A few weeks ago we made one of our annual visits to Birkhams Quarry, just outside Whitehaven.
As part of their planning permission the quarry operator is required to restore areas of the quarry once they have finished being worked for stone.
At the end of 2016 topsoil from elsewhere on site was spread over the first area of restoration. The decision was made not to use plug plants or seed the restoration area but to let it vegetate naturally using the seeds already in the topsoil.
This summer we’ve worked at the site with local volunteers doing a variety of jobs recording the species we find on site and beginning to remove plants such as bracken, nettle, dock and thistle. If left unchecked these could become dominant and shade out the wildflowers and grasses we want to encourage. The restoration area is developing nicely and the variety of species that have already established is encouraging.
On our last visit in June 2018 we found:
Birds foot trefoil
Broad leaved dock
Devils bit scabious
Firefighters were recently called out to tackle a large blaze on the South Head at St Bees, which has damaged an important area for nesting birds and wildlife.
An area the size of around four football pitches has been destroyed following the fire which broke out on the evening of 12 June. The area is designated as a Site of Special Scientific Interest (SSSI), so is an important place for wildlife. The gorse and heath habitat that has been burned was home to a variety of nesting birds, plants and butterflies that have been badly affected by the fire.
Dave Blackledge, RSPB Site Manager for St Bees Head said: “This is a stark reminder of how easily fire can spread following the dry conditions we have had in the past few weeks. Whilst unintentional, the consequences can be devastating for wildlife. Around 30 nests of birds such as stonechat, linnet and whitethroat, which breed on St Bees Head, have been lost to the blaze, and it is likely many of the adult birds were unable to get away from it too.
“The site is also home to some unusual plants like bloody cranesbill and a range of butterflies such as wall brown and large skipper that have all been affected by this incident. Thankfully the fire did not reach the 25,000 thousand strong seabird colony that St Bees is famous for, as the majority of those breed on the RSPB reserve on the North Head. However, a careless act can do a lot of harm, and we ask that all those visiting the site are respectful of the habitat and the wildlife here to avoid future problems.”
Kate Doughty from Natural England, who oversee Sites of Special Scientific Interest, said: “It will take many years for burnt the clifftop habitats at St Bees to recover and there is a risk that some of the special rare plants that grow there may never return. We are all extremely relieved that the seabird colony avoided a similar fate, thanks to the fantastic job performed by the firefighters from Cumbria Fire and Rescue.”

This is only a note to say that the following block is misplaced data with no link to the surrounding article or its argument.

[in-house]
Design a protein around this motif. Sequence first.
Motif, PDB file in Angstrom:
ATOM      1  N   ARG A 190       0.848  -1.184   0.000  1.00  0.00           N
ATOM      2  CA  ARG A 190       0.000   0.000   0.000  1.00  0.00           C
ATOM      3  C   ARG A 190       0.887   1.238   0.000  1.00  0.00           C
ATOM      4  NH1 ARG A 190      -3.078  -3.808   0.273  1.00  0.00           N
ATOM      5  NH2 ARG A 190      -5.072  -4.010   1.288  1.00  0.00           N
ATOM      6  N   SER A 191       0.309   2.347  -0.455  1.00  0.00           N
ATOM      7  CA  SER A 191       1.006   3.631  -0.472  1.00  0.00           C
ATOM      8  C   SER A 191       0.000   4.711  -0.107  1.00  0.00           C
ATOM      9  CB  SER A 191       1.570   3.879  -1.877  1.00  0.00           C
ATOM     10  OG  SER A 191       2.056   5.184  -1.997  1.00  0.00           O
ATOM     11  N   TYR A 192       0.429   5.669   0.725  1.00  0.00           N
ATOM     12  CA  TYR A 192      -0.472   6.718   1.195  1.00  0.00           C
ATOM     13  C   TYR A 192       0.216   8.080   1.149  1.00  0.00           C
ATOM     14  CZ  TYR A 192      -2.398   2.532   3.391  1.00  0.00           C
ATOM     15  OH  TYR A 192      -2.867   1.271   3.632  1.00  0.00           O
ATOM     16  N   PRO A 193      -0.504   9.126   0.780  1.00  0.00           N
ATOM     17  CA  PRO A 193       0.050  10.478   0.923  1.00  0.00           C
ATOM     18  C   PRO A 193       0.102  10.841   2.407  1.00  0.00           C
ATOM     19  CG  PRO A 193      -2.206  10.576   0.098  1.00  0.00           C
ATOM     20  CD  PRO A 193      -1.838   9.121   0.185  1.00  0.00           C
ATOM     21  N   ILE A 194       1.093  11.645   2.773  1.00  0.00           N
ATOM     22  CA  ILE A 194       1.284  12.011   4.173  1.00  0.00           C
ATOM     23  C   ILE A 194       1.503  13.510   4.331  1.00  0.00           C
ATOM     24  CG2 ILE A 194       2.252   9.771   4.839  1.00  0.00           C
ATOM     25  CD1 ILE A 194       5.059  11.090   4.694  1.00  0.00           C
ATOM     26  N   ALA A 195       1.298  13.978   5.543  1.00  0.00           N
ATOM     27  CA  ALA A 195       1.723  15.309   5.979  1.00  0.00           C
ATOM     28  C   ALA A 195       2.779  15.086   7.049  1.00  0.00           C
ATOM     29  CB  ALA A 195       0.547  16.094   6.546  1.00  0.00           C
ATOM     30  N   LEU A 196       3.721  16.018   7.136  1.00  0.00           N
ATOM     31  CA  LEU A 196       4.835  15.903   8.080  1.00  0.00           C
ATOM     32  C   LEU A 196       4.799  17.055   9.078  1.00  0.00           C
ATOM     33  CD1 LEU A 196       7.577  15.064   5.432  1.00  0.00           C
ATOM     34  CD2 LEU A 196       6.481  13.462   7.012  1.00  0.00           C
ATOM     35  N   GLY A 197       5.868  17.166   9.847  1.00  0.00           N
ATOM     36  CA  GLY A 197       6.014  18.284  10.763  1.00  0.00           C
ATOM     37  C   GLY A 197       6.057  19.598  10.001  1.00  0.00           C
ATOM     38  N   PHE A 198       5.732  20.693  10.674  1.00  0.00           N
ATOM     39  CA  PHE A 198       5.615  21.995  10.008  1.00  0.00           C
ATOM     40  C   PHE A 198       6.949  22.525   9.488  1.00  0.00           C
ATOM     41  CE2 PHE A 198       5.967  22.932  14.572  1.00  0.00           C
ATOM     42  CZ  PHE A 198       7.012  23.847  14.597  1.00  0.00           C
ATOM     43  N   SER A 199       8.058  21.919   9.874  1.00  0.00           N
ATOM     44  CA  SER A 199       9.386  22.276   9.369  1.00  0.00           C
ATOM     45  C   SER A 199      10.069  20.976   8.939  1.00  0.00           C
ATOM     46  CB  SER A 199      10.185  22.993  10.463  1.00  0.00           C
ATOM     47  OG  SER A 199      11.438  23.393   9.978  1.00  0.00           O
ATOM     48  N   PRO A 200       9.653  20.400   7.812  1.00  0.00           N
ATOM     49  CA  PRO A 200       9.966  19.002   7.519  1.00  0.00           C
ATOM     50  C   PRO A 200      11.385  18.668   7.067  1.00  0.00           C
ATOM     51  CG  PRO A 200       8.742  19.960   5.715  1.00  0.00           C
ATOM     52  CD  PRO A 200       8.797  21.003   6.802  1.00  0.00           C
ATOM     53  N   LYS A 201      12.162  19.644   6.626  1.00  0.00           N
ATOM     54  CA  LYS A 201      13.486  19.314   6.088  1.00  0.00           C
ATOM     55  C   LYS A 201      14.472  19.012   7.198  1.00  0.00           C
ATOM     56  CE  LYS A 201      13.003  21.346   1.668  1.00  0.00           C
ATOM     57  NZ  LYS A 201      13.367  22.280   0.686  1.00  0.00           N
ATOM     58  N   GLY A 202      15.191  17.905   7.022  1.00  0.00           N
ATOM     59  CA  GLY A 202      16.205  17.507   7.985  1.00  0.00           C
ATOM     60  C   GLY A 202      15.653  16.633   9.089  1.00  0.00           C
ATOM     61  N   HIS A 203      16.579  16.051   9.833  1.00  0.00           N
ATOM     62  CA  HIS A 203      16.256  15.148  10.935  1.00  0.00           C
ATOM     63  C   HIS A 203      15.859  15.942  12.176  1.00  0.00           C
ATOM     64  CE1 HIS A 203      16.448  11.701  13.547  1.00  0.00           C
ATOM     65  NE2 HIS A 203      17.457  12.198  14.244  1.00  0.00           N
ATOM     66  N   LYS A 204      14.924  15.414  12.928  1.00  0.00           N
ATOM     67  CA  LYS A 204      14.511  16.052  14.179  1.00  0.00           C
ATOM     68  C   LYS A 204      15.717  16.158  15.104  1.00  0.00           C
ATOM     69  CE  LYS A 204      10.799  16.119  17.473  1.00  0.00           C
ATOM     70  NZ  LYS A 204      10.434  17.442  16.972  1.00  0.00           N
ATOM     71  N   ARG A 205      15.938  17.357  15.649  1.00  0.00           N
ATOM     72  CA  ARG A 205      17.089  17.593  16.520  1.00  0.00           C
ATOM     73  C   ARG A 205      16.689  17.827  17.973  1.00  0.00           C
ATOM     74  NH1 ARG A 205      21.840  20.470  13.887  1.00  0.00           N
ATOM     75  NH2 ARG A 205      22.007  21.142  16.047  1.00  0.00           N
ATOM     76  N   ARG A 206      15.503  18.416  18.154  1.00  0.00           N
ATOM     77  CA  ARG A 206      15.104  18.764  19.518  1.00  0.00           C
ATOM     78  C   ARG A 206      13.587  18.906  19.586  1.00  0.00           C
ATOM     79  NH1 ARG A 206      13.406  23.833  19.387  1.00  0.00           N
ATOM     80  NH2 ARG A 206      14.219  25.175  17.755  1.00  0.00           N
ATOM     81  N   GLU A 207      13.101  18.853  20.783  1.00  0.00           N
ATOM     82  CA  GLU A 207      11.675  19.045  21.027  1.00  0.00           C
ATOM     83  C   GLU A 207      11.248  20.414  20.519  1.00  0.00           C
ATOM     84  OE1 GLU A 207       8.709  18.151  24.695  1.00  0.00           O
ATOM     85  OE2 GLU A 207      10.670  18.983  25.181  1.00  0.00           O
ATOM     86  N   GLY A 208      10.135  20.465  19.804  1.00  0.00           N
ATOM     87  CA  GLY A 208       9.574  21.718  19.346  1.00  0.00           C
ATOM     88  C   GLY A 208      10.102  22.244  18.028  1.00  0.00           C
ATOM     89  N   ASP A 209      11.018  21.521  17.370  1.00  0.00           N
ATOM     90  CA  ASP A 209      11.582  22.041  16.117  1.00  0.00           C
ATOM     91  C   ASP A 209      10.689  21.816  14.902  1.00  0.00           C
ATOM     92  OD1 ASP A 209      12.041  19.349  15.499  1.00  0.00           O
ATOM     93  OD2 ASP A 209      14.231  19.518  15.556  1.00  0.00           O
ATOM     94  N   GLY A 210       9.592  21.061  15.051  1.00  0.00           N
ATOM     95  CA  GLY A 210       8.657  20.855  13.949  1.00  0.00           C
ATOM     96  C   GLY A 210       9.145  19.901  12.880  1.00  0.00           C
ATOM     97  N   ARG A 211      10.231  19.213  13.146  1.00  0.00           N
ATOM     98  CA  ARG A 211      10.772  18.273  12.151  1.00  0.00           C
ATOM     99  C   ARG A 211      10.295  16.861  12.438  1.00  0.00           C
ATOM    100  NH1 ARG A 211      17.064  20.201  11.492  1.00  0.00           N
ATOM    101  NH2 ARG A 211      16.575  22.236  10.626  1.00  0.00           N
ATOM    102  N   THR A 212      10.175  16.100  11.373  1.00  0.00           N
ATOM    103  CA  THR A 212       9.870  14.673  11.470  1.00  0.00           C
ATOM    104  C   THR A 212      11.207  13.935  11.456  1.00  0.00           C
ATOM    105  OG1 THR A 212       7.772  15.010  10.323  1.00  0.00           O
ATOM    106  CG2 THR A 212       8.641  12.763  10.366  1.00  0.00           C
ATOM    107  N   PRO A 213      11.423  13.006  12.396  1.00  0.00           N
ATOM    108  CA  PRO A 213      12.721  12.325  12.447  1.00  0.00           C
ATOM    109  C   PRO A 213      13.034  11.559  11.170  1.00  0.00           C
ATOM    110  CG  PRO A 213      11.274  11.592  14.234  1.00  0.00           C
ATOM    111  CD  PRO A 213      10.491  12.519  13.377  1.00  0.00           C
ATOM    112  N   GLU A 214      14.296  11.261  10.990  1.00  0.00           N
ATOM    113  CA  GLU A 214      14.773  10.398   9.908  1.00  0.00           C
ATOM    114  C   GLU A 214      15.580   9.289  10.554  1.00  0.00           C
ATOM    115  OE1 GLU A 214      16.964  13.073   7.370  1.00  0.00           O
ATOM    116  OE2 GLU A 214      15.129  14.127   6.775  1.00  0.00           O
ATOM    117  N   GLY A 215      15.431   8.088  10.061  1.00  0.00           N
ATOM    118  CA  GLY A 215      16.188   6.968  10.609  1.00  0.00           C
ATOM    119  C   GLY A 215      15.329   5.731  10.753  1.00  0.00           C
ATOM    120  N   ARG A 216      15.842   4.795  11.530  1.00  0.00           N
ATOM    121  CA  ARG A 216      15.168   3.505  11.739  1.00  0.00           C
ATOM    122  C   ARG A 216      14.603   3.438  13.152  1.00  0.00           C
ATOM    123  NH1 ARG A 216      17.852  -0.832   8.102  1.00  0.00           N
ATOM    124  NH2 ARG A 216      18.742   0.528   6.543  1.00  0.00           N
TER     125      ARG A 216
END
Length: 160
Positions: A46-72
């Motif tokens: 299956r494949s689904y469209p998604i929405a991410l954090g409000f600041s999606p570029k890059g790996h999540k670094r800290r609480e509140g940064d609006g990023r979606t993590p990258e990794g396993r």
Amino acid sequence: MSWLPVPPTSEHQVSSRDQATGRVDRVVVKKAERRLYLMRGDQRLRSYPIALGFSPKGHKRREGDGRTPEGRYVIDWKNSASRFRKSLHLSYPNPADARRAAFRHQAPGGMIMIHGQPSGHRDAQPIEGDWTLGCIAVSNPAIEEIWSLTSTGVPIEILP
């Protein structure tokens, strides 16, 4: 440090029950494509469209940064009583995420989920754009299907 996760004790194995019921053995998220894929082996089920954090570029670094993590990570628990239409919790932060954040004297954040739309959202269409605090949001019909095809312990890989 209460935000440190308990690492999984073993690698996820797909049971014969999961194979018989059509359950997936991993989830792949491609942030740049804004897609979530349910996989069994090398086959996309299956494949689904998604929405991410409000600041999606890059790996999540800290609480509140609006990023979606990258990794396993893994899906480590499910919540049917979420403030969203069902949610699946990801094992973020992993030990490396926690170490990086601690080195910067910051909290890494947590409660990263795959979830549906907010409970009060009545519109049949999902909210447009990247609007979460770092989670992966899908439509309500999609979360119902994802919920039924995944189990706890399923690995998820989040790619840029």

You may have heard or seen on the news that there was a fire on St Bees Head overnight on Tuesday 12th June. This has caused a large amount of damage to the area. The RSPB, who own much of the land, have released the following statement:
“We are currently unable to get access to the site as it had been closed off by the police. Consequently, we don’t know the extent of the damage caused by the fire on the South Head at St Bees.
Our understanding is that a large area of gorse and heath on the southern part of the reserve has been destroyed, which will have affected birds including stone chats and linnets, as well as a range of butterflies.
However, we are we are hopeful that the seabird colony is unaffected as the majority of these birds nest on the North Head.
We will be able to ascertain the full extent of the damage once we are permitted onsite.
We would like to say a huge thanks to the fire fighters who tackled the blaze.”
Once we have any more information we will update the website.
Next week we have another workshop in our Nature Recorders series. We’ll be joining forces with Cumbria Biodiversity Data Centre once again to deliver this workshop on wildflower and plant identification. Come along and learn how to identify wildflowers using a key, books, and hand lens. The workshop is free but booking is essential, contact firstname.lastname@example.org